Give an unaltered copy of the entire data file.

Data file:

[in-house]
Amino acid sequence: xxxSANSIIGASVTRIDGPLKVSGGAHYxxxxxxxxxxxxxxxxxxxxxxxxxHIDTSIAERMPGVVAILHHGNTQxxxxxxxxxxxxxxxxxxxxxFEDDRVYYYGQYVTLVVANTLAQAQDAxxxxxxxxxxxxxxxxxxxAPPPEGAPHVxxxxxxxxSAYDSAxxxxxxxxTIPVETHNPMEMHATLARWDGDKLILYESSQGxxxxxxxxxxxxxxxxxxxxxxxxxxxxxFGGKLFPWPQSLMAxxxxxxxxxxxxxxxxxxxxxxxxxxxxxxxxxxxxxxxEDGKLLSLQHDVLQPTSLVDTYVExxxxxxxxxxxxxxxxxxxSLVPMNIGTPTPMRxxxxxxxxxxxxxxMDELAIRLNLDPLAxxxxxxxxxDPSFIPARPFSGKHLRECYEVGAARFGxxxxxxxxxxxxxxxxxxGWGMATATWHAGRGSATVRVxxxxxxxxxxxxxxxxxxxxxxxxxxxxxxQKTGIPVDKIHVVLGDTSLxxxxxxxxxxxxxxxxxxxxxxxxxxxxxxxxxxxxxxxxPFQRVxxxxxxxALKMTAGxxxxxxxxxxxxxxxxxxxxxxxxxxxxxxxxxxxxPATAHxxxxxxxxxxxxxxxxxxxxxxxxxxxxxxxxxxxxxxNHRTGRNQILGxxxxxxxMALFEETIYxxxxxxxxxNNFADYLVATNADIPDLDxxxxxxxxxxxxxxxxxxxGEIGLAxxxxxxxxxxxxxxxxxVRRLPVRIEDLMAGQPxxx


[in-house]
Amino acid sequence: xxxSANSIIGASVTRIDGPLKVSGGAHYxxxxxxxxxxxxxxxxxxxxxxxxxHIDTSIAERMPGVVAILHHGNTQxxxxxxxxxxxxxxxxxxxxxFEDDRVYYYGQYVTLVVANTLAQAQDAxxxxxxxxxxxxxxxxxxxAPPPEGAPHVxxxxxxxxSAYDSAxxxxxxxxTIPVETHNPMEMHATLARWDGDKLILYESSQGxxxxxxxxxxxxxxxxxxxxxxxxxxxxxFGGKLFPWPQSLMAxxxxxxxxxxxxxxxxxxxxxxxxxxxxxxxxxxxxxxxEDGKLLSLQHDVLQPTSLVDTYVExxxxxxxxxxxxxxxxxxxSLVPMNIGTPTPMRxxxxxxxxxxxxxxMDELAIRLNLDPLAxxxxxxxxxDPSFIPARPFSGKHLRECYEVGAARFGxxxxxxxxxxxxxxxxxxGWGMATATWHAGRGSATVRVxxxxxxxxxxxxxxxxxxxxxxxxxxxxxxQKTGIPVDKIHVVLGDTSLxxxxxxxxxxxxxxxxxxxxxxxxxxxxxxxxxxxxxxxxPFQRVxxxxxxxALKMTAGxxxxxxxxxxxxxxxxxxxxxxxxxxxxxxxxxxxxPATAHxxxxxxxxxxxxxxxxxxxxxxxxxxxxxxxxxxxxxxNHRTGRNQILGxxxxxxxMALFEETIYxxxxxxxxxNNFADYLVATNADIPDLDxxxxxxxxxxxxxxxxxxxGEIGLAxxxxxxxxxxxxxxxxxVRRLPVRIEDLMAGQPxxx